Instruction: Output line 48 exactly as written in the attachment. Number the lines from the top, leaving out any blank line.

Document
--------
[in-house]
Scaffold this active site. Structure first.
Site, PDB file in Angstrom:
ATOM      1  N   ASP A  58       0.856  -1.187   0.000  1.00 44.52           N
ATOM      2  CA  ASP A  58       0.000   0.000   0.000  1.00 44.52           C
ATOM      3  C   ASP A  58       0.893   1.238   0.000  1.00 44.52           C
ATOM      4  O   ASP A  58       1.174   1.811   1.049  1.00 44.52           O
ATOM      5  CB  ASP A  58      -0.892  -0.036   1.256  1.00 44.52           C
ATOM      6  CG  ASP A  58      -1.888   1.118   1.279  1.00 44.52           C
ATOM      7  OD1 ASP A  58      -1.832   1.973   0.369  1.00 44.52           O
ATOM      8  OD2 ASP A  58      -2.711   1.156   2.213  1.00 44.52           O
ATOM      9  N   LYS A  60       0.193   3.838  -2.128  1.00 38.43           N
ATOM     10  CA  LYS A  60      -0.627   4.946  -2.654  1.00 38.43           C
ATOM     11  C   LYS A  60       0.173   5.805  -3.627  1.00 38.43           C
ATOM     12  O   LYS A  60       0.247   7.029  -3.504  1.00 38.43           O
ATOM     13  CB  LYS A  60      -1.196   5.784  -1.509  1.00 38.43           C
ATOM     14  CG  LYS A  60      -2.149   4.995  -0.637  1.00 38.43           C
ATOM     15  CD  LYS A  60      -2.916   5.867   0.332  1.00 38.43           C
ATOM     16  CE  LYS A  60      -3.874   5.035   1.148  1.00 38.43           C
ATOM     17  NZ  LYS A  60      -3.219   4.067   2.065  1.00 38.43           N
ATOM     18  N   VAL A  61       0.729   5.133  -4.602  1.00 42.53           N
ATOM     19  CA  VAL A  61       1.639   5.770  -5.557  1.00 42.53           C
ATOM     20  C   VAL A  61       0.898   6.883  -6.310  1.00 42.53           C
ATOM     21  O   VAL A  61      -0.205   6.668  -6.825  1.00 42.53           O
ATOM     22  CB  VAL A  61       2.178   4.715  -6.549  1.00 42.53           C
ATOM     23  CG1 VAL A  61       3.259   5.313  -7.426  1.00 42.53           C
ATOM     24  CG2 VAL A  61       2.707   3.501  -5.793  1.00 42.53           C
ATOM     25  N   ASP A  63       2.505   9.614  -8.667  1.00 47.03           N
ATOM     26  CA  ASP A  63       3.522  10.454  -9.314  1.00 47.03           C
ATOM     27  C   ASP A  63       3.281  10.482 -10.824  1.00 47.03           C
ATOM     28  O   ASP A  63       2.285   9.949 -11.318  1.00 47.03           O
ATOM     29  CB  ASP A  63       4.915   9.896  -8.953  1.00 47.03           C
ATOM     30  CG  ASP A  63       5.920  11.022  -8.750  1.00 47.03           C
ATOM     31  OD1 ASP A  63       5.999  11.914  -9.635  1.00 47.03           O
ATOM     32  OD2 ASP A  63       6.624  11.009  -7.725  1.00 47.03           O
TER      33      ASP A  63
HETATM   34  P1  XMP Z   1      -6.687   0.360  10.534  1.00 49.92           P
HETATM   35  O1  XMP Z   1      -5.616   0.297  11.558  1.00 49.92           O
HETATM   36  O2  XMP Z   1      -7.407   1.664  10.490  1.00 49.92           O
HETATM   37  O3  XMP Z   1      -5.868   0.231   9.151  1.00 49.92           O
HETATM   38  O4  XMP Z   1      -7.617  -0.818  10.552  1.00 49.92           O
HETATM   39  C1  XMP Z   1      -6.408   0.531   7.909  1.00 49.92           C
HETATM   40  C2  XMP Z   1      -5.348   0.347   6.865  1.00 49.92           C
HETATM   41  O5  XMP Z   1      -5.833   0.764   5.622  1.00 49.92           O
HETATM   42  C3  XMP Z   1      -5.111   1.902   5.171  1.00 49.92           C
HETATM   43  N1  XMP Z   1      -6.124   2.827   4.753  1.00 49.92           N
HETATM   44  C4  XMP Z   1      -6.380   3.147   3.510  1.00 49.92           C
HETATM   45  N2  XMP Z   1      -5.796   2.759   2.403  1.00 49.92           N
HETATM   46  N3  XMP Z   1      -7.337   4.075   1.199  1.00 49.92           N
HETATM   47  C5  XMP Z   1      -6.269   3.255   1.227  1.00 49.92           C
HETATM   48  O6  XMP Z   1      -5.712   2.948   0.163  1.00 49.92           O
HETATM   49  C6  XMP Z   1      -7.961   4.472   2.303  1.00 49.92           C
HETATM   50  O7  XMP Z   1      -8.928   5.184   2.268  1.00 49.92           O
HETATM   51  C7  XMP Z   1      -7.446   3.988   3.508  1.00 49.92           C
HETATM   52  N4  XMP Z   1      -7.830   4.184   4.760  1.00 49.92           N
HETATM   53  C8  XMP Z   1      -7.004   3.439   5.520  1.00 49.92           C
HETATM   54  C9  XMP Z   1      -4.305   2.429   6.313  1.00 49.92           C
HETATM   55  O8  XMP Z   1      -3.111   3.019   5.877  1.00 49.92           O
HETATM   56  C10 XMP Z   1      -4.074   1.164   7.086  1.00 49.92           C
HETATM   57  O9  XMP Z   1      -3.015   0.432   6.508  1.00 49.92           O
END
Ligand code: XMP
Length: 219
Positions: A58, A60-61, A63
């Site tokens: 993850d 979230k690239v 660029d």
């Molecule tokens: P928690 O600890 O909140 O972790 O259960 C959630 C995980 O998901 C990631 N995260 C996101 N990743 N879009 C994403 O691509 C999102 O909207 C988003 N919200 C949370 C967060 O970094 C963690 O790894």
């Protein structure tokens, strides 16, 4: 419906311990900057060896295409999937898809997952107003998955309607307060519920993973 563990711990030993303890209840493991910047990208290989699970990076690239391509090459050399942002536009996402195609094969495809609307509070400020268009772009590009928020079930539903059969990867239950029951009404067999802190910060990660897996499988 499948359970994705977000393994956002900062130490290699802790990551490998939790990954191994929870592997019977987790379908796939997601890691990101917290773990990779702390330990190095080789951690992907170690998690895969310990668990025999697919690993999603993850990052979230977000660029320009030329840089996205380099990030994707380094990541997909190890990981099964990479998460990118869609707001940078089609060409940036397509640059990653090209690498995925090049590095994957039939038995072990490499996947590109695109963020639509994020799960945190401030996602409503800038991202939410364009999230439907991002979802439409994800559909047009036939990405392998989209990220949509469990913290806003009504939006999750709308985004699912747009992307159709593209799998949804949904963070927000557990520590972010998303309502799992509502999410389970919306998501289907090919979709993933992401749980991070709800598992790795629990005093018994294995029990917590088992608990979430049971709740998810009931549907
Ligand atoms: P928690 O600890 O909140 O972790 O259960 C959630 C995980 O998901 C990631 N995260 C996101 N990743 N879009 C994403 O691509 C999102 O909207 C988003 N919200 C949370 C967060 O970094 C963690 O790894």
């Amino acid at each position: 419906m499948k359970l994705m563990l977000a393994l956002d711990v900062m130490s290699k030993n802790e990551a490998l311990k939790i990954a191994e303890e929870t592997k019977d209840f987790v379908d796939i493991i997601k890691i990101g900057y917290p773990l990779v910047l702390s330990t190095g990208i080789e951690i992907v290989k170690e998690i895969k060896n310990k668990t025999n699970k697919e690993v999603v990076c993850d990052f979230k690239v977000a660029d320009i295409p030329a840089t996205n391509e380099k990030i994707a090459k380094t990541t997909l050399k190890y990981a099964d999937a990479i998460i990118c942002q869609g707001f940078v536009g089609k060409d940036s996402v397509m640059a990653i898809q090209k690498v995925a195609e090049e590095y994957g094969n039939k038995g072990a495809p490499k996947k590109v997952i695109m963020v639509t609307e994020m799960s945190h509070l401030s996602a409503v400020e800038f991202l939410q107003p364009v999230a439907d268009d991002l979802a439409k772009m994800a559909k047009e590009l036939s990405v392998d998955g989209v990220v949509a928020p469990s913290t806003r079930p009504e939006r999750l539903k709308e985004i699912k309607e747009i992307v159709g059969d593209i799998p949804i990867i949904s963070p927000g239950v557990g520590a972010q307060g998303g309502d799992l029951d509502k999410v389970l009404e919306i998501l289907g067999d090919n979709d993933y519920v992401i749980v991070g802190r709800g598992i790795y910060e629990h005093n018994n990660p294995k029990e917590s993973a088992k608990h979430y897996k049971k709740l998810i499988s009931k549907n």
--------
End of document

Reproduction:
HETATM   45  N2  XMP Z   1      -5.796   2.759   2.403  1.00 49.92           N